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10.6: Use Archive Utility to make zip backups System 10.6
Snow Leopard only hintFor those who don't trust Time Machine, backing up to archives manually can be tricky. First off, as of OS X 10.6.4, the Unix zip and unzip programs that you can start from a terminal shell script do NOT handle resource forks and extended attributes correctly. The zip man file has an apology that this will be implemented soon. (And Automator uses the Unix zip program.)

The tar archiver also does not handle extended attributes correctly. It also saves but does not restore resource forks. So that is not useful either.

It seems that the Archive Utility.app that makes archives for the Finder is ahead of the Unix zip and tar. It DOES handle resource forks and extended attributes correctly.

But using the Archive Utility from the Finder is clumsy and unreliable when there are several folders to archive. If you select a range of folders, and then right click one of them and select Compress, it will make one big zip file rather than individual zip files for each folder. But if you right click on one folder after another to archive them separately, the Finder gets confused and some of the archives quit with errors.

The only work around seems to be to wait for each archive to finish before starting the next. This can take hours of attention. Fortunately, there is a better way.
  • Navigate to /System/Library/CoreServices
  • Find Archive Utility.app and drag it to your dock
  • Single click on the Archive Utility.app icon in your dock
  • In the menu bar, navigate to Archive Utility » Preferences
  • Set the preferences as follows:
    • Save expanded files: into same directory as archive
    • After expanding: leave archive alone
    • Reveal expanded item(s) in Finder: check
    • Keep expanding if possible: check
    • Save archive: /Users/YOURNAME/YOURARCHIVEDIR
    • Use archive format: Zip archive
    • After archiving: leave files alone
    • Reveal archive in Finder: check
  • Close Archive Utility.app and navigate to /Users/YOURNAME
  • Command click to select folders A, B, C, ... , Z
  • Drag the group of selected folders and drop them on the Archive Utility icon in your dock.
The utility will make individual zip archives of A, B, C, ..., Z and place them in /Users/YOURNAME/YOURARCHIVEDIR. If there are more than four, the archive utility will make them four at a time.

It seems to handle the manipulation of multiple folders well -- no errors. These seem to be the same zip archives as would be made if you right clicked the folders A, B, ... , Z in succession in the Finder and chose Compress 'A', etc. individually. And it seems that the preferences you set in Archive Utility do not affect its behavior when used from the Finder right click menu.

[crarko adds: I haven't tested this one. This is the first I've heard that in 10.6.4 the version of zip mangles resource forks. Can someone confirm this? I think even if it's not correct, the hint itself still has utility.]
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10.6: Use Archive Utility to make zip backups | 16 comments | Create New Account
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10.6: Use Archive Utility to make zip backups
Authored by: xcgr on Oct 05, '10 08:36:23AM

"ditto -c -k" will create zip archives that preserve resource forks and extended attributes. Run "man ditto" for details. I'd go that route instead of abusing Archive Utility. Then you can shell script it to suit your particular needs.



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10.6: Use Archive Utility to make zip backups
Authored by: ekc on Oct 06, '10 10:18:09AM
I usually go with ditto -ck --sequesterRsrc to create the same type of zip files as the Finder. What sequesterRsrc does is it takes all those meta-data files (the ones beginning with ._) and sticks them in a separate directory called __MACOSX. That way they don't get in the way as much if you send your zip archive to a non-Mac user.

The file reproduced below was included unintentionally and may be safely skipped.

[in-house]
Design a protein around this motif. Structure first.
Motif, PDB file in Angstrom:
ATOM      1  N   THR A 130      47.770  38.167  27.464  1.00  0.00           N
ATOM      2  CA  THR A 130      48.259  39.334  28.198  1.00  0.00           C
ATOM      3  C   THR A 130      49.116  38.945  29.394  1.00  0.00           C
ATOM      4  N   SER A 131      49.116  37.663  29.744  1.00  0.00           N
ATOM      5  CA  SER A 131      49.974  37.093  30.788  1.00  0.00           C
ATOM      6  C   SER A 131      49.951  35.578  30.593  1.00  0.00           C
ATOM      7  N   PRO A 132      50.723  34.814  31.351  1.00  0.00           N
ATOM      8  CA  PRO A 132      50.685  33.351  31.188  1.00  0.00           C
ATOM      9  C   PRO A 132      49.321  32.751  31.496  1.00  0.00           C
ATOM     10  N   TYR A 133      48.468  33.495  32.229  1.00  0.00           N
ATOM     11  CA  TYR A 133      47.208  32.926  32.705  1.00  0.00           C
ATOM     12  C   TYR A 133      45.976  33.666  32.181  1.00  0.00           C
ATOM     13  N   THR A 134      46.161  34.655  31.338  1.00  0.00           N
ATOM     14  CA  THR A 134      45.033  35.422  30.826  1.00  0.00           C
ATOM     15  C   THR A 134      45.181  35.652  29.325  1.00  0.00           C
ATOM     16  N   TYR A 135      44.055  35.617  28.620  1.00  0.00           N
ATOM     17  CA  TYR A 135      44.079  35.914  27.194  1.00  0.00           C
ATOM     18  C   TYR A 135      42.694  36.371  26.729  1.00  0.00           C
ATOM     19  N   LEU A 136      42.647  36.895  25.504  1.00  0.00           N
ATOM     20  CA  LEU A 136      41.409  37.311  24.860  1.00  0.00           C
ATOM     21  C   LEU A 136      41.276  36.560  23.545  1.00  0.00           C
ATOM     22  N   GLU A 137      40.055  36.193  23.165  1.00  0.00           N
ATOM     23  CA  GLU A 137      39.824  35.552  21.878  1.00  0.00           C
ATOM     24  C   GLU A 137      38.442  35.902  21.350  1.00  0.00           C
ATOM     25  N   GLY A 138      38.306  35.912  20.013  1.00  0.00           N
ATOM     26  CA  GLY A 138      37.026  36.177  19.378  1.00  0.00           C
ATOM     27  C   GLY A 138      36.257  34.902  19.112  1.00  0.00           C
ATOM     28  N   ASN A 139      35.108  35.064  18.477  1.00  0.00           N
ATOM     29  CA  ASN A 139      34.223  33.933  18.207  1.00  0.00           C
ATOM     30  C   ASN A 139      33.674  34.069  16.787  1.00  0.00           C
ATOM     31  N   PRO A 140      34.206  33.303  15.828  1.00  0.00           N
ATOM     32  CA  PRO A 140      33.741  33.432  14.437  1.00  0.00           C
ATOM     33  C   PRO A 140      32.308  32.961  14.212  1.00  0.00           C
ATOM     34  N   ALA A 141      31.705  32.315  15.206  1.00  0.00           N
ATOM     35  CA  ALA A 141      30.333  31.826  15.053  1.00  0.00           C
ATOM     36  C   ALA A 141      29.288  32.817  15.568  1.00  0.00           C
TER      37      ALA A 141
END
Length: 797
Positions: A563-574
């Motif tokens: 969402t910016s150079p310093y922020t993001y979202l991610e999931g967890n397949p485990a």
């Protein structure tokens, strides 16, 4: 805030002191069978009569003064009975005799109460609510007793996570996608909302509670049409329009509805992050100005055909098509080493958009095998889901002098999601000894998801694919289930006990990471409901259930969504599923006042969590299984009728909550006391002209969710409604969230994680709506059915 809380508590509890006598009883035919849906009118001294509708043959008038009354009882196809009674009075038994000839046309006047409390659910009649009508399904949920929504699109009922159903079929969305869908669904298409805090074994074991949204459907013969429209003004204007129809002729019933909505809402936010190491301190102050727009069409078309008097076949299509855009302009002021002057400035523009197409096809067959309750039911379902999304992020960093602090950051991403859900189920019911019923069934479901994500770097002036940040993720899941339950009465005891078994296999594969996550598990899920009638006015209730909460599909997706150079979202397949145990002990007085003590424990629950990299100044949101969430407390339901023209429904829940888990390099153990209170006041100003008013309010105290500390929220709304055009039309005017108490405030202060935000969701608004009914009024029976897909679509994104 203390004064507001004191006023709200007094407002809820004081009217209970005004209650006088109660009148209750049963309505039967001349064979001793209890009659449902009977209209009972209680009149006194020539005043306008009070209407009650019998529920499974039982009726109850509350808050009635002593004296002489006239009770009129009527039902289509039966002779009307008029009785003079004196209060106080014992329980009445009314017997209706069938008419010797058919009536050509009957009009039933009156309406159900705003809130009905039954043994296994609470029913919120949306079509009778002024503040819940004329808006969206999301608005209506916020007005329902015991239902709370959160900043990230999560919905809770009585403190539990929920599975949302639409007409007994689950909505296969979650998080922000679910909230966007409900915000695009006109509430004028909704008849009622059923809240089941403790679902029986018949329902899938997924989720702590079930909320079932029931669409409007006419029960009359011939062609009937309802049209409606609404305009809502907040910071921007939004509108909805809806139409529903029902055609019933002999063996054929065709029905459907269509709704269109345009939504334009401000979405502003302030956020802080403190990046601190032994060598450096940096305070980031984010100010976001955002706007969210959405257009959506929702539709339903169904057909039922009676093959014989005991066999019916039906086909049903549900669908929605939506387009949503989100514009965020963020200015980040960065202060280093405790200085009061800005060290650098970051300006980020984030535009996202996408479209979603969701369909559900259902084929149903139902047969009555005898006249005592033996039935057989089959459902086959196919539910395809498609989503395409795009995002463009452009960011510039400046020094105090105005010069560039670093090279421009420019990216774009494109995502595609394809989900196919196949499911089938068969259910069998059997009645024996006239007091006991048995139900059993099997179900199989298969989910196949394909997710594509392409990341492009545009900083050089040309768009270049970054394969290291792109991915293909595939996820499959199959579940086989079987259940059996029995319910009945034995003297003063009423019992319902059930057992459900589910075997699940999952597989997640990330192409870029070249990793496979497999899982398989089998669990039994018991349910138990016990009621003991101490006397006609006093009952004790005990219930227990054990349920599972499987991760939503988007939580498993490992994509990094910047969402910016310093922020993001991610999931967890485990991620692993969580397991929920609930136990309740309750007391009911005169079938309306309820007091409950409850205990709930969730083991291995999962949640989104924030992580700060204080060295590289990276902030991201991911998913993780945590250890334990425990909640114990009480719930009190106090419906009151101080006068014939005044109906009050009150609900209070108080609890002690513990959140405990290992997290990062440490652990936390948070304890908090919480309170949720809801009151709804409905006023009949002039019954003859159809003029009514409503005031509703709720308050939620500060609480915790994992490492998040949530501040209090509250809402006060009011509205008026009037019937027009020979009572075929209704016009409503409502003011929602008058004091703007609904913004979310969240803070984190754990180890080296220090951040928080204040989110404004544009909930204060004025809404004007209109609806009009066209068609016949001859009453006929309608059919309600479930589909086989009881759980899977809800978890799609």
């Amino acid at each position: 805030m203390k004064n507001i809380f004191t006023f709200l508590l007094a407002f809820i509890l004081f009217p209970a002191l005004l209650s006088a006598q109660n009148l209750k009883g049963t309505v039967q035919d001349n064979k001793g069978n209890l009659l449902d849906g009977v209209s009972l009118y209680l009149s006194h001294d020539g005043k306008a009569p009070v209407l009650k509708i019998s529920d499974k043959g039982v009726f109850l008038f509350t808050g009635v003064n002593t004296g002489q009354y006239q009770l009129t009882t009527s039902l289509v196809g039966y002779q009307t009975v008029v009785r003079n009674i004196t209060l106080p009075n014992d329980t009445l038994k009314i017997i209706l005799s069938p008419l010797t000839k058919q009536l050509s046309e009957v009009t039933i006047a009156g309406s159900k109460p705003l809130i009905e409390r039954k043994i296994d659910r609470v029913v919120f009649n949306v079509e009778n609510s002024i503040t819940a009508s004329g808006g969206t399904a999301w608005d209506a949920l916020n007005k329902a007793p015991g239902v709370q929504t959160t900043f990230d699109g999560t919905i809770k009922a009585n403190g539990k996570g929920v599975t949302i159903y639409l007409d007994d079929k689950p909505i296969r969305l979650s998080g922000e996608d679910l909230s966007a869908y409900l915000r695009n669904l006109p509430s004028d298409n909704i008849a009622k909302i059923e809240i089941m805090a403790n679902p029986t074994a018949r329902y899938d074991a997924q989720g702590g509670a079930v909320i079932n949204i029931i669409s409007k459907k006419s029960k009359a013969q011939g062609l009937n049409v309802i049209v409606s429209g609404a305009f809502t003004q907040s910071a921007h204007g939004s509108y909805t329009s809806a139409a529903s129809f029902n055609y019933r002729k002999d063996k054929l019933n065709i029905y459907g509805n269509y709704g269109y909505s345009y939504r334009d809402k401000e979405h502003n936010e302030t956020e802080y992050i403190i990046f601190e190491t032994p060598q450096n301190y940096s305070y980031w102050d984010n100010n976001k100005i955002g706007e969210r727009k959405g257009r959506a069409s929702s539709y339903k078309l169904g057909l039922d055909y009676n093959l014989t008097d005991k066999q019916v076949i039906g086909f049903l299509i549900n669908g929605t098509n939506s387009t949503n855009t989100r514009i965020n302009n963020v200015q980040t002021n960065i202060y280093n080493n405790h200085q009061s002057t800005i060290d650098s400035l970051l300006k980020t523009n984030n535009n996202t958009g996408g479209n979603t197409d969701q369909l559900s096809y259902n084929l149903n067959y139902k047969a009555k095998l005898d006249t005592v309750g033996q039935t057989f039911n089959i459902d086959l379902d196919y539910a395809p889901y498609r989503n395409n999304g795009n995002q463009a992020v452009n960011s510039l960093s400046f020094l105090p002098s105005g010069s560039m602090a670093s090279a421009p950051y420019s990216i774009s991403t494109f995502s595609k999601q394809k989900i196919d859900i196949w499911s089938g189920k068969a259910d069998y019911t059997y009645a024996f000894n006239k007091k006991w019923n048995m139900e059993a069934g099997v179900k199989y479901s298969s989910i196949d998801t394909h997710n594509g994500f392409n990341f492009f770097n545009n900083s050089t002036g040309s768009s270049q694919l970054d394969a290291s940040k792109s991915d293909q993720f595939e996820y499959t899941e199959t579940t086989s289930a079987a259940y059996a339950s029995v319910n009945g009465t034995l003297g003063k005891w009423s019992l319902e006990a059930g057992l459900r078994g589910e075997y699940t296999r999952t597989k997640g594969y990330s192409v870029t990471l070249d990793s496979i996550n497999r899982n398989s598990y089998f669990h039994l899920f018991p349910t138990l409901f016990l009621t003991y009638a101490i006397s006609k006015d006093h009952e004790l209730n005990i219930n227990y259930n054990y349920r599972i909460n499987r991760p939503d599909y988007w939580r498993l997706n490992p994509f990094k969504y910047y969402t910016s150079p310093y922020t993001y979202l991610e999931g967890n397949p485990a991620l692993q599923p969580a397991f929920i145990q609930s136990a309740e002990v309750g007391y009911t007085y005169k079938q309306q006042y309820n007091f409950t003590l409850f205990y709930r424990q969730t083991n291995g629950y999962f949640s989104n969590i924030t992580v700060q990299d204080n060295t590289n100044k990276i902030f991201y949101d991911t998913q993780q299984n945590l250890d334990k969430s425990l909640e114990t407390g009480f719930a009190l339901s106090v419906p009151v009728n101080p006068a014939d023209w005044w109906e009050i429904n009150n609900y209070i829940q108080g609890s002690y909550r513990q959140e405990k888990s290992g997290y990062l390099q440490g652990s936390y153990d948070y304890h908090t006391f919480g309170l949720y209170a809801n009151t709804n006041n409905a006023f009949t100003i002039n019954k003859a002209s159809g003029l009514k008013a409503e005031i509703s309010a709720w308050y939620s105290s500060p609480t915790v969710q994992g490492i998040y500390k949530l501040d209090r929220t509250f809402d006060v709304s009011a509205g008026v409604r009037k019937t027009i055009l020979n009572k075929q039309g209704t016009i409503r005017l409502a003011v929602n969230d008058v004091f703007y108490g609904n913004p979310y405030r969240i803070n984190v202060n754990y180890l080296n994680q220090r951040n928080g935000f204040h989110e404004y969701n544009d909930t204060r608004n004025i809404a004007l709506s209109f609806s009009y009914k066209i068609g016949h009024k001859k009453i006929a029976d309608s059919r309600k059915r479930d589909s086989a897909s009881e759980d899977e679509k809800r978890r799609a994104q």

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Why the Time Machine hate?
Authored by: dethbunny on Oct 05, '10 09:22:09AM

Why do so many people seem to be afraid of Time Machine? It's simple to set up and actually very reliable. (Before someone jumps in with an anecdote here, I'm in a position to see a lot of Macs, and TM has saved a lot of data. The only failures I have seen in the past two years were due to failed backup drives.)

If you want a secondary backup, why not use something simple and intended for the task like SuperDuper! or Carbon Copy Cloner?



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Why the Time Machine hate?
Authored by: asmeurer on Oct 05, '10 09:26:24AM

I was wondering the same thing: why wouldn't you trust Time Machine? The only reason I can think of is that it isn't secure (encrypted), but this hint doesn't even address that.



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Why the Time Machine hate?
Authored by: tedw on Oct 05, '10 10:45:04AM

It's a trust issue, I think. Time Machine is a prepackaged high-level utility. Some people feel more comfortable with the detailed control you get by implementing low level utilities, where you're always sure what's going on. For instance, I do my own backups using rsync rather than time machine (though in truth that's mostly because my backup drive has limited space - time machine is a bit of a disk hog).



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Why the Time Machine hate?
Authored by: zpjet on Oct 05, '10 11:58:54PM

But even TimeMachine being "prepackaged high-level", it stores files in the most simple and smart way - using the hard links to do incremental backups. You can always find the files straight on the disk.

Which is the reason why it's the "disk hog" - it doesn't compress the files, but why, when prices of disks are going down every day?



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Why the Time Machine hate?
Authored by: tedw on Oct 06, '10 01:38:45AM

true, but you can do the same thing with rsync, with more control and more transparency. if control and transparency are what you're after...



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Why the Time Machine hate?
Authored by: Anonymous on Oct 06, '10 01:08:21PM

Time Machine is two things: 1. a frontend to an rsync-based archiver, and 2. a UI to navigate backups created by rsync.